Waterstones and Amazon – The Digital Question

Posted on May 21, 2012

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Waterstones

The news that Waterstones has got into bed with Amazon to sell its Kindle e-reader and e-books in stores has sent some quarters of the publishing world away quivering. But supping with the devil may have its advantages as The Fiction Stroker investigates..

Many people were interested when Waterstones announced today that they had partnered with Amazon to sell the Kindle in stores later this year. It almost seemed like a done deal had been done with Barnes and Noble to bring the Nook to our shores, but now it would appear that Microsoft beat them to it in a deal worth $300m. WHSmith has brought the Kobo in standard, touch and tablet iterations to stores but even heavy discounts (at the time of writing the basic model is just £49) indicate stock is not exactly flying out the doors.

Waterstones themselves have done a great deal to reinvent themselves from the mire that they were stuck in 18 months ago. Amongst refurbishments and reorganisation of stores, looking quickly at other changes to branches in the North West and beyond:

  • Gone is the infamous 3 for 2 offer to have been replaced by a greater variety of offers and discounts
  • Specially chosen ‘Book of the Week’ that is heavily discounted and promoted front of store
  • Local sections are very reasonably stocked and well-promoted within store
  • Variety of in-store events including regular book clubs, author signings and events attracting a wider audience such as Simon Savidge and Adam Lowe’s Bookmarked ‘Salon’ events

It has been speculated that the physical book market may become more tactile in response to the digital question. More and more luxury editions of books might become available to counter the mass paperback market. Certainly the Manchester Waterstones have stocked some impressive Victorian-style luxury hardbacks of classic stories by Dickens, Austen, and Wells et al with gilded lettering and marbled pages evoking the rich editions of yesteryear and worth collecting. Certainly by, or possibly even exclusively, stocking luxury editions, as Waterstones do with their slipcased and signed books, they are positioning themselves across a gap of the market that Amazon cannot.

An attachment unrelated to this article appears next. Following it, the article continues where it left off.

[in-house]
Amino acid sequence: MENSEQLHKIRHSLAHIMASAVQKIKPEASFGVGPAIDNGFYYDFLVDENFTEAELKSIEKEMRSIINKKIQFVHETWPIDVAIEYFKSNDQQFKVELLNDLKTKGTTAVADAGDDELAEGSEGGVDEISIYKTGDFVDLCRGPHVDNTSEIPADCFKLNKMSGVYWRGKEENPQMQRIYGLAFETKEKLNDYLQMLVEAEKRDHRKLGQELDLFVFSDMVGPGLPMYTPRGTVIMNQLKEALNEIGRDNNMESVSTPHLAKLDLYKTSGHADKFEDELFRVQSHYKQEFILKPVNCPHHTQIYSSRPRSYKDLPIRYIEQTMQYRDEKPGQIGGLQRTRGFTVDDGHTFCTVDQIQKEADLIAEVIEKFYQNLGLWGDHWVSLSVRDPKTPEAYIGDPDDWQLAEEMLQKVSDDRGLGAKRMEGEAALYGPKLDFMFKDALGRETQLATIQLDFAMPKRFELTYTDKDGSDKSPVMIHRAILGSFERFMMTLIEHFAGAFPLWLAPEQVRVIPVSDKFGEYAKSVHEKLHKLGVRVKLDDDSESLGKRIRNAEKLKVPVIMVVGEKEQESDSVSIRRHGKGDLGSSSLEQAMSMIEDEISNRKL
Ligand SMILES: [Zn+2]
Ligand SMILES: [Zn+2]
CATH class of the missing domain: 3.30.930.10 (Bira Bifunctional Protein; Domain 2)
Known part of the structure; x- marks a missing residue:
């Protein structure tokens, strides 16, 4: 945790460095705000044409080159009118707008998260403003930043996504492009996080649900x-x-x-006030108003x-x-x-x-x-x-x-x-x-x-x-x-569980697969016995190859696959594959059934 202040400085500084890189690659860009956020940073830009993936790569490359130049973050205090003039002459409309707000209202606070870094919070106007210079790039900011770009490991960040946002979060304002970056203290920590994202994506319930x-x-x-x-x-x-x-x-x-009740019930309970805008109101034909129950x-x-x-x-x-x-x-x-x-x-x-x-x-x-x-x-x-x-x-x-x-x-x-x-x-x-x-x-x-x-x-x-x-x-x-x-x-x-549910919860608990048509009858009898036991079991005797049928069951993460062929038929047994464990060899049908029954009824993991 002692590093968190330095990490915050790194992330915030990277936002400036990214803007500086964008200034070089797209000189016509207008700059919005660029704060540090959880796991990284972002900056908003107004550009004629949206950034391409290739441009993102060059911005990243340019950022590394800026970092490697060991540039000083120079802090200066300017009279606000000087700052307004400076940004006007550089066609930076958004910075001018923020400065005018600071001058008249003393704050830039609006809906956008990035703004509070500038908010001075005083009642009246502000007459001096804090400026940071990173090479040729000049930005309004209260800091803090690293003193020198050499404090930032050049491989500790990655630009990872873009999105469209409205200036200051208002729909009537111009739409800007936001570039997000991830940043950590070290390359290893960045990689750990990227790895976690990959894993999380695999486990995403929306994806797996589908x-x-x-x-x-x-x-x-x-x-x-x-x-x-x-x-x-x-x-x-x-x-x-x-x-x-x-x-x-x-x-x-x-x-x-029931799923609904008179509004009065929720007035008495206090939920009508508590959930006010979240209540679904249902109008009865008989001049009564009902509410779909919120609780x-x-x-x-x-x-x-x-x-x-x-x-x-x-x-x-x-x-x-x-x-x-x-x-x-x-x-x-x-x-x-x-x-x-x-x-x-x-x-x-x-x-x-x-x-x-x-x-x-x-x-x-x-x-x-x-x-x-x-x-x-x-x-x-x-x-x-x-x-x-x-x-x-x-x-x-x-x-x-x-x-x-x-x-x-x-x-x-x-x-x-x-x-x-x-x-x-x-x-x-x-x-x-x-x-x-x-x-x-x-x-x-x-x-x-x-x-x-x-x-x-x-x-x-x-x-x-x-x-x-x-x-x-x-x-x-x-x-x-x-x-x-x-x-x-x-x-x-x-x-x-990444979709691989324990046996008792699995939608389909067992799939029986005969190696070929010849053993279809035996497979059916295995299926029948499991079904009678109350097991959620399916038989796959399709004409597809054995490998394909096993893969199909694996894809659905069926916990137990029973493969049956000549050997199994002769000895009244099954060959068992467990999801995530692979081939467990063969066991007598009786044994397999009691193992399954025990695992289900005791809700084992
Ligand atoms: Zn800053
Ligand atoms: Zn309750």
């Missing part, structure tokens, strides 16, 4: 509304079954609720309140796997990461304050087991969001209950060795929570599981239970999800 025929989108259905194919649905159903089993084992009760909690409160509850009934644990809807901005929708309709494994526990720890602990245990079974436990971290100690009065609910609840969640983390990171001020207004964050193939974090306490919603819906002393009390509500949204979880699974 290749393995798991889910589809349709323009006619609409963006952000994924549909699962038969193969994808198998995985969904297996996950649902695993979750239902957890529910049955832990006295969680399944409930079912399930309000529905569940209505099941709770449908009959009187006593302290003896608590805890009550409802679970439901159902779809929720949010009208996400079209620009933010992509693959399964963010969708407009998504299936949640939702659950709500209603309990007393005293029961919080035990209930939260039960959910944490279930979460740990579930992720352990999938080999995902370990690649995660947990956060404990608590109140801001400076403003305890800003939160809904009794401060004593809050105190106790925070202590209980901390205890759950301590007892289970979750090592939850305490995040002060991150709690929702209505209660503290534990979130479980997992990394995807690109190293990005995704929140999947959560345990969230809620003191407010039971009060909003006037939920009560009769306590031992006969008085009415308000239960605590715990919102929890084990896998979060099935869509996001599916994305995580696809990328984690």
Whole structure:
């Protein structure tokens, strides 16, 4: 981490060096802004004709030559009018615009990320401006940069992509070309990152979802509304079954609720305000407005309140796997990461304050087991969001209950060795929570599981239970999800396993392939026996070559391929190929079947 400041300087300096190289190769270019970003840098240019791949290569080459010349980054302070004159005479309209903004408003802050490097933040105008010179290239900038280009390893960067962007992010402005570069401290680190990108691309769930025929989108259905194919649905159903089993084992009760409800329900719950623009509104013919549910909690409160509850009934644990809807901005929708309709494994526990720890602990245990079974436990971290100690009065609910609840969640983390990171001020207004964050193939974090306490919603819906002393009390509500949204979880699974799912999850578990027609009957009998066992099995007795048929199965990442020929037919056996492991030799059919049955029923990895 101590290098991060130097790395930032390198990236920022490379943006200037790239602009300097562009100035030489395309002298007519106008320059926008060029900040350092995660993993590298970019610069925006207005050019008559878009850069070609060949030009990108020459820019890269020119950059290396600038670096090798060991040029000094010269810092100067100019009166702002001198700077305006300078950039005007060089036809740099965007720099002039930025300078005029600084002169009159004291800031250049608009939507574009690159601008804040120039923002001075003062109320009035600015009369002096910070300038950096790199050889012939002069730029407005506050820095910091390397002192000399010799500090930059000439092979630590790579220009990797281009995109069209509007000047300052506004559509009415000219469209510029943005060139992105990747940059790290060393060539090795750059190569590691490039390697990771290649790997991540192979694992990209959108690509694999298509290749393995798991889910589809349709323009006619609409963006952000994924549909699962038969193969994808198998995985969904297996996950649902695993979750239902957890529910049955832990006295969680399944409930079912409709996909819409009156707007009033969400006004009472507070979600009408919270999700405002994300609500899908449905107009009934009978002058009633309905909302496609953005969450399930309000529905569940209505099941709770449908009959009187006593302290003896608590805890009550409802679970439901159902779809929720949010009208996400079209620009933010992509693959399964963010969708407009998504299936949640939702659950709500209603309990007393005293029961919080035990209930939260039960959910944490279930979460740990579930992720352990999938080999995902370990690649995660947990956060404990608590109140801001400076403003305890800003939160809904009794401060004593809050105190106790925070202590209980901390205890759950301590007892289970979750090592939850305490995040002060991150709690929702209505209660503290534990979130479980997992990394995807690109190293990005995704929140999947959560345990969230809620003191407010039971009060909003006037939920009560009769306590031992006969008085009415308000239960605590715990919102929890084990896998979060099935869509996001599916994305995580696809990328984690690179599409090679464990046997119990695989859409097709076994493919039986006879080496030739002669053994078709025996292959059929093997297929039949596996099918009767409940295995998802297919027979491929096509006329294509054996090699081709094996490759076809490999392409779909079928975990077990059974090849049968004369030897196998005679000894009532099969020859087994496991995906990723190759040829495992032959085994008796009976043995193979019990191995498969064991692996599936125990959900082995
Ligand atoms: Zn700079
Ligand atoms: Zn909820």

Many observers have commented that Waterstones have squandered their chance to develop their own rival to the Kindle. I’m not so sure that this is a bad thing. Any such reader, like the Sony e-readers previously sold, may have its own proprietary file format and further fragment the e-book market. Even if not, partnering up to sell the best selling e-reader in the UK is a shrewd move. Either Waterstones moves to take some of the market, or it risks floundering even further.

Despite MD James Daunt’s comments in the past that Amazon is a “ruthless money-making devil”, it is clear that Waterstones feels outmanoeuvred enough by the e-book industry and recent downward trends on the high street to do a deal with this devil. However, marrying Amazon’s instant delivery with Waterstones expertise may reap benefits for the customer. It is very difficult to wander onto something on Amazon’s web portal – but being able to window shop and then choose between the physical product, or a e-book product is a shrewd move to benefit the consumer. Whilst this might be one of the last throws of the dice for Waterstones in its current incarnation, it’s a sad reflection of the fact that they should have been at the forefront of the digital question – not trying to define it years after the event.

For me, I think this is a necessary move that can only benefit customers. Without knowing the exact terms of the deal, it is difficult to know how Waterstones intend to take a cut on every Kindle, and maybe e-book sold – if the prices aren’t competitive, it’s just not going to be worth it. Waterstones are going to have to up the ante here and become competitive not only in print but online too – which may bring e-book and print prices into parity. Synchronising the two from a point of sale perspective will be tricky, but not impossible. In the meantime, the debate will rage on and on over the summer.

The Kindle will be available in stores from the Autumn.

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Posted in: Opinion